Neurons, the fundamental units of the brain, are complex computers by themselves. They receive input signals on a tree-like structure -- the dendrite. This structure does more than simply collect the input signals: it integrates and compares them to find those special combinations that are important for the neurons' role in the brain. Moreover, the dendrites of neurons come in a variety of shapes and forms, indicating that distinct neurons may have separate roles in the brain.
A simple yet faithful model
In neuroscience, there has historically been a tradeoff between a model's faithfulness to the underlying biological neuron and its complexity. Neuroscientists have constructed detailed computational models of many different types of dendrites. These models mimic the behavior of real dendrites to a high degree of accuracy. The tradeoff, however, is that such models are very complex. Thus, it is hard to exhaustively characterize all possible responses of such models and to simulate them on a computer. Even the most powerful computers can only simulate a small fraction of the neurons in any given brain area.
Researchers from the Department of Physiology at the University of Bern have long sought to understand the role of dendrites in computations carried out by the brain. On the one hand, they have constructed detailed models of dendrites from experimental measurements, and on the other hand they have constructed neural network models with highly abstract dendrites to learn computations such as object recognition. A new study set out to find a computational method to make highly detailed models of neurons simpler, while retaining a high degree of faithfulness. This work emerged from the collaboration between experimental and computational neuroscientists from the research groups of Prof. Thomas Nevian and Prof. Walter Senn, and was led by Dr Willem Wybo. "We wanted the method to be flexible, so that it could be applied to all types of dendrites. We also wanted it to be accurate, so that it could faithfully capture the most important functions of any given dendrite. With these simpler models, neural responses can more easily be characterized and simulation of large networks of neurons with dendrites can be conducted," Dr Wybo explains.
This new approach exploits an elegant mathematical relation between the responses of detailed dendrite models and of simplified dendrite models. Due to this mathematical relation, the objective that is optimized is linear in the parameters of the simplified model. "This crucial observation allowed us to use the well-known linear least squares method to find the optimized parameters. This method is very efficient compared to methods that use non-linear parameter searches, but also achieves a high degree of accuracy," says Prof. Senn.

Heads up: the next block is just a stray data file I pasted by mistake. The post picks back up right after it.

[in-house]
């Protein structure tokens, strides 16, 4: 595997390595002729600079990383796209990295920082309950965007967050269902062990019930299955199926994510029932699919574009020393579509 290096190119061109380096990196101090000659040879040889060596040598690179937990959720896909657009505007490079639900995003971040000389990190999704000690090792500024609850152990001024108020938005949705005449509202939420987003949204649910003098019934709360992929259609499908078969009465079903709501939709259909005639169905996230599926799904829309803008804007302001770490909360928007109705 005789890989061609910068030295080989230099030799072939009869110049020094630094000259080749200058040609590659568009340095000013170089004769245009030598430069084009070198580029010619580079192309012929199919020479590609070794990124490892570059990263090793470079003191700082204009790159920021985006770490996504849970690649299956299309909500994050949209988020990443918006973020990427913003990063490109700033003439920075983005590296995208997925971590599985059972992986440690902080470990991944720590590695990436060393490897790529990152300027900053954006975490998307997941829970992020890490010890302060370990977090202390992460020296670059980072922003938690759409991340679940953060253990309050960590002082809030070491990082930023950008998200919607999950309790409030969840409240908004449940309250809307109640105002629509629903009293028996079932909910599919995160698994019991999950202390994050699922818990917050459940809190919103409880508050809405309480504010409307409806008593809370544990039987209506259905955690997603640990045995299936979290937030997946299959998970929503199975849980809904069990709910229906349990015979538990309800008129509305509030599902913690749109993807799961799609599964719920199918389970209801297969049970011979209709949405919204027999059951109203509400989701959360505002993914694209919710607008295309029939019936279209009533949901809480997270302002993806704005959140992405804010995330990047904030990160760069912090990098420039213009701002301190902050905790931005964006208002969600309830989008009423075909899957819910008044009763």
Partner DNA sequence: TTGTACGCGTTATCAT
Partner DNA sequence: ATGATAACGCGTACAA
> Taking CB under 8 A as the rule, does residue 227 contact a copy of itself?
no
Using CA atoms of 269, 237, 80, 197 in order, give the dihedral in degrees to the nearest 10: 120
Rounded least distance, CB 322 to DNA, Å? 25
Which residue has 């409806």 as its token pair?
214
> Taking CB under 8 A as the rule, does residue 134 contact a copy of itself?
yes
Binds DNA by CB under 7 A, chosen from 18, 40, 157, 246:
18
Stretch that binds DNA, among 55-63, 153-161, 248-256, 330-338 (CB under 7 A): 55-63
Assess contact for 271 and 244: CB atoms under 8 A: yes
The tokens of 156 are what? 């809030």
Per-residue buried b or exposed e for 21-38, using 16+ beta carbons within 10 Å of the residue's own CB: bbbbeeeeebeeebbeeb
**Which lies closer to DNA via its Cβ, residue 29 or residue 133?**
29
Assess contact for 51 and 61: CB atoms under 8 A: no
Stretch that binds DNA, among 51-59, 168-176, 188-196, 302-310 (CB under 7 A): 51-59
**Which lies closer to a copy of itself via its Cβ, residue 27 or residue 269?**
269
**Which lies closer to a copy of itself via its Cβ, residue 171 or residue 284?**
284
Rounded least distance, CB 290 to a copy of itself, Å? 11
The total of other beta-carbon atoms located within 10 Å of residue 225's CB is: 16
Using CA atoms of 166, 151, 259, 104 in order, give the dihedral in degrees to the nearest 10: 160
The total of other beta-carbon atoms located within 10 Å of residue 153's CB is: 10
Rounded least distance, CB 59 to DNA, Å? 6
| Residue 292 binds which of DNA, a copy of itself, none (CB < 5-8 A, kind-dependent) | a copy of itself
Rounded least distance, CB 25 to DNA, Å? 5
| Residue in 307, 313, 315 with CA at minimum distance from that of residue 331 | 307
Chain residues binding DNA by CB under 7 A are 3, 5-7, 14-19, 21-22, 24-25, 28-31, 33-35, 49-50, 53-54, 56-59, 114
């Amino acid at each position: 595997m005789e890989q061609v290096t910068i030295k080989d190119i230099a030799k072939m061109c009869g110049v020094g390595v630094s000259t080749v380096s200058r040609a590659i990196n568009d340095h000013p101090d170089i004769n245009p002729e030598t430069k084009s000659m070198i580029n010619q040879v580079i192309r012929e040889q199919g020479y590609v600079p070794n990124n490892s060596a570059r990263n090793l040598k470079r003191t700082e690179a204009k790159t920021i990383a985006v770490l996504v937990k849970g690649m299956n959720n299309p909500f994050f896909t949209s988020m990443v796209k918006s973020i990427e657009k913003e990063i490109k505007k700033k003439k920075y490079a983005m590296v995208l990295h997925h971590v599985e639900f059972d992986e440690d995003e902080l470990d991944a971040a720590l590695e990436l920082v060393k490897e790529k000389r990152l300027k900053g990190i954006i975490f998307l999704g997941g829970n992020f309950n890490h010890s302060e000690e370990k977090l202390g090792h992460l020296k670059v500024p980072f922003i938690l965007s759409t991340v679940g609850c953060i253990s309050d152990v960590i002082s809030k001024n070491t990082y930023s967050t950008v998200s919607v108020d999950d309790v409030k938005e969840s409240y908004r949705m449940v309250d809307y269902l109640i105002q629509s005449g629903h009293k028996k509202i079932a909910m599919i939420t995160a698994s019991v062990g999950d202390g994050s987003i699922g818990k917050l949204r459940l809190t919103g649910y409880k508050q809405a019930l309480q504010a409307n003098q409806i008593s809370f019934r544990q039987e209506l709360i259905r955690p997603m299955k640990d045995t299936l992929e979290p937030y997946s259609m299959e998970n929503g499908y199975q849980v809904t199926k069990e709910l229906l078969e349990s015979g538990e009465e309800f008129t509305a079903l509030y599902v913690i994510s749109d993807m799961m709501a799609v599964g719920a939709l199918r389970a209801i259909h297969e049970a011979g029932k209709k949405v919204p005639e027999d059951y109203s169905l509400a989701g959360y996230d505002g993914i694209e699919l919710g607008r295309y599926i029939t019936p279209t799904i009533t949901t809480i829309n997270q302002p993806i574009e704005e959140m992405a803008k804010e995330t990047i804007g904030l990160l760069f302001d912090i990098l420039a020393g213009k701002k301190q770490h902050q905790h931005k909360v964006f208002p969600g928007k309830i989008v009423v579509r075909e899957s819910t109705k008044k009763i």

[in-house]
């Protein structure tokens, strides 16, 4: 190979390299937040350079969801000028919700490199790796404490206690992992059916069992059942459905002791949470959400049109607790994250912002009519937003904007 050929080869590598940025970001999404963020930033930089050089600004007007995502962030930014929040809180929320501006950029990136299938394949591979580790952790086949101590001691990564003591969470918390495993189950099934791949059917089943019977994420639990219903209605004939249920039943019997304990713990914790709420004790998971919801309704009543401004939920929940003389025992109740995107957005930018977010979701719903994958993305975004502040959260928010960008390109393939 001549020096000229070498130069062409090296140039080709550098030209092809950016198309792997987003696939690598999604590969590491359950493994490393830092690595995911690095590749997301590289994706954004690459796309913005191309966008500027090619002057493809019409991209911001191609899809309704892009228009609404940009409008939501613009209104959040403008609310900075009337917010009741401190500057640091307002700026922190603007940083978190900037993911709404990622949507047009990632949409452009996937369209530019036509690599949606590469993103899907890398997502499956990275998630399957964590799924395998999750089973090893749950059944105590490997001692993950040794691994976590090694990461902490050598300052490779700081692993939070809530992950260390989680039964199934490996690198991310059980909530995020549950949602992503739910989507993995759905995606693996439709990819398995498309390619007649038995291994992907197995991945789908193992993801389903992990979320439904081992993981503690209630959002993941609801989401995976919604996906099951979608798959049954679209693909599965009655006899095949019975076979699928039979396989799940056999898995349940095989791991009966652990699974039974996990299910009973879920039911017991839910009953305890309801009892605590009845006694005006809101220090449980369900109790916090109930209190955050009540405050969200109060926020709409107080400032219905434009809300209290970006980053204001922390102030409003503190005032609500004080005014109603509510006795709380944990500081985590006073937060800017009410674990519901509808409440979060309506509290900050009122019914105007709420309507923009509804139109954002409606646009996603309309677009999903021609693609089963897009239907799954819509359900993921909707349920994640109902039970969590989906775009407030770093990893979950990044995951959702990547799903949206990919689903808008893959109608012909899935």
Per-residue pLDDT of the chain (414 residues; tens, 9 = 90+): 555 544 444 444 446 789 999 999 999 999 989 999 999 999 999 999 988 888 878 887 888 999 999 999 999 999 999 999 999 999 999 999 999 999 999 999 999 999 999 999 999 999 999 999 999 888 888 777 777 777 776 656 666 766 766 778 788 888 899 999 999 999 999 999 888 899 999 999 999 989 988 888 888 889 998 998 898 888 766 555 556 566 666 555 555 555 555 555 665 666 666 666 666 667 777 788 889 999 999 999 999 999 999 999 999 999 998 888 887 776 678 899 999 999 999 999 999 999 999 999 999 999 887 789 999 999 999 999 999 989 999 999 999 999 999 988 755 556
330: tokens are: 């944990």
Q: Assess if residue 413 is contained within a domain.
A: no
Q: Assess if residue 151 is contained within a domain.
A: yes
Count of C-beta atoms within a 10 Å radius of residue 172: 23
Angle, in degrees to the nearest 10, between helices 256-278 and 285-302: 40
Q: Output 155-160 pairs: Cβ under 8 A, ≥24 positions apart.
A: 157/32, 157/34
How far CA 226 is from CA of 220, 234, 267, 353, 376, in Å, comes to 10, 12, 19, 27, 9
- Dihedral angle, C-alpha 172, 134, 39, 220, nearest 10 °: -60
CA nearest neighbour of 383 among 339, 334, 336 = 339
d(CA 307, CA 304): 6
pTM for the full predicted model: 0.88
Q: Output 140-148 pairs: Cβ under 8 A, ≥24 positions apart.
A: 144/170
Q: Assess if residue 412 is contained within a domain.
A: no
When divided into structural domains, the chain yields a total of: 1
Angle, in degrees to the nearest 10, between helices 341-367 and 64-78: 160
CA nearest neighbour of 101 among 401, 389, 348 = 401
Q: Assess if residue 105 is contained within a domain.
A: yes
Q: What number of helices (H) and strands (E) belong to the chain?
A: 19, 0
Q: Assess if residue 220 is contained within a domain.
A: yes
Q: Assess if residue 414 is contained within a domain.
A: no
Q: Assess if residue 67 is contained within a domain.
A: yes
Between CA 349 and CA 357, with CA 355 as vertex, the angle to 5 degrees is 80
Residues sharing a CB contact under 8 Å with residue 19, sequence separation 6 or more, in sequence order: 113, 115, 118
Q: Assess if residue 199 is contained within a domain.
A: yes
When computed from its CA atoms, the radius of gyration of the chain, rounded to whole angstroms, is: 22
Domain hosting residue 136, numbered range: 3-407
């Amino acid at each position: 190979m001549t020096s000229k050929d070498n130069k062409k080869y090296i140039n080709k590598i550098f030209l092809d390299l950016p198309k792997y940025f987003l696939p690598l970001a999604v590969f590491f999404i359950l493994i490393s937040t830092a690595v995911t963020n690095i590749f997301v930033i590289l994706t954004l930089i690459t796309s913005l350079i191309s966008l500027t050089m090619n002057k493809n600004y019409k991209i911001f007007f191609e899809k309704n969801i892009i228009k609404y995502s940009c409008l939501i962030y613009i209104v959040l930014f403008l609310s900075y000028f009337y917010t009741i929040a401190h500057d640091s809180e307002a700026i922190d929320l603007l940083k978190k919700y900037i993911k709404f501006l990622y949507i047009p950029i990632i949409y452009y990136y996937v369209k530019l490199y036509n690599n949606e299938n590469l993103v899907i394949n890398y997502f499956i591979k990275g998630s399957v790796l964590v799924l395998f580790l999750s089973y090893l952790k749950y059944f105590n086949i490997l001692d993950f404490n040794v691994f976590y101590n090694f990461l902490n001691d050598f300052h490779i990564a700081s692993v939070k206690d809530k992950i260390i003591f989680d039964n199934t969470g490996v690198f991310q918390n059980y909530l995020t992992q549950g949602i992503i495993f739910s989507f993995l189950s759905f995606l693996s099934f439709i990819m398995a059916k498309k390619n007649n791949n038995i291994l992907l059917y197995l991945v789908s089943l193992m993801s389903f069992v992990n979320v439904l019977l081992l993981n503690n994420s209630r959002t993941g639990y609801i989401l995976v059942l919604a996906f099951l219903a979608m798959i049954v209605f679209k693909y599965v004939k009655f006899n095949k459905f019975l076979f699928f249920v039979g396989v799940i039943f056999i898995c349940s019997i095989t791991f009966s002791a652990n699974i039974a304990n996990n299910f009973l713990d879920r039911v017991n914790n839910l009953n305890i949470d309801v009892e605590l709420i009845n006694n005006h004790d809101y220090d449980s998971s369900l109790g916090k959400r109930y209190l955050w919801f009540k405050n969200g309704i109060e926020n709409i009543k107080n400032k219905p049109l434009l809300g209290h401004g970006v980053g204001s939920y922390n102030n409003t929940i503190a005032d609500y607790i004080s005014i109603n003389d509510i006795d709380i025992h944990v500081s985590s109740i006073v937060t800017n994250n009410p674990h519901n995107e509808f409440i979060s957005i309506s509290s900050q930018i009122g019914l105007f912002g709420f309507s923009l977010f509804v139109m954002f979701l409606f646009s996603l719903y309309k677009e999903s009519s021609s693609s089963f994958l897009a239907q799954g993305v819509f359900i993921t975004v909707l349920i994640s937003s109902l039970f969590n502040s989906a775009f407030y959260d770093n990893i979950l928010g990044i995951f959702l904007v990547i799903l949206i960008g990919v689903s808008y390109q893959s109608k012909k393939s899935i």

Tools available for AI applications
The main result of the work is the methodology itself: a flexible yet accurate way to construct reduced neuron models from experimental data and morphological reconstructions. "Our methodology shatters the perceived tradeoff between faithfulness and complexity, by showing that extremely simplified models can still capture much of the important response properties of real biological neurons," Prof. Senn explains. "Which also provides insight into 'the essential dendrite', the simplest possible dendrite model that still captures all possible responses of the real dendrite from which it is derived," Dr Wybo adds.
Thus, in specific situations, hard bounds can be established on how much a dendrite can be simplified, while retaining its important response properties. "Furthermore, our methodology greatly simplifies deriving neuron models directly from experimental data," Prof. Senn highlights, who is also a member of the steering committe of the Center for Artifical Intelligence (CAIM) of the University of Bern. The methodology has been compiled into NEAT (NEural Analysis Toolkit) -- an open-source software toolbox that automatizes the simplification process. NEAT is publicly available on GitHub.
The neurons used currently in AI applications are exceedingly simplistic compared to their biological counterparts, as they don't include dendrites at all. Neuroscientists believe that including dendrite-like operations in artificial neural networks will lead to the next leap in AI technology. By enabling the inclusion of very simple, but very accurate dendrite models in neural networks, this new approach and toolkit provide an important step towards that goal.
This work was supported by the Human Brain Project, by the Swiss National Science foundation and by the European Research Council.
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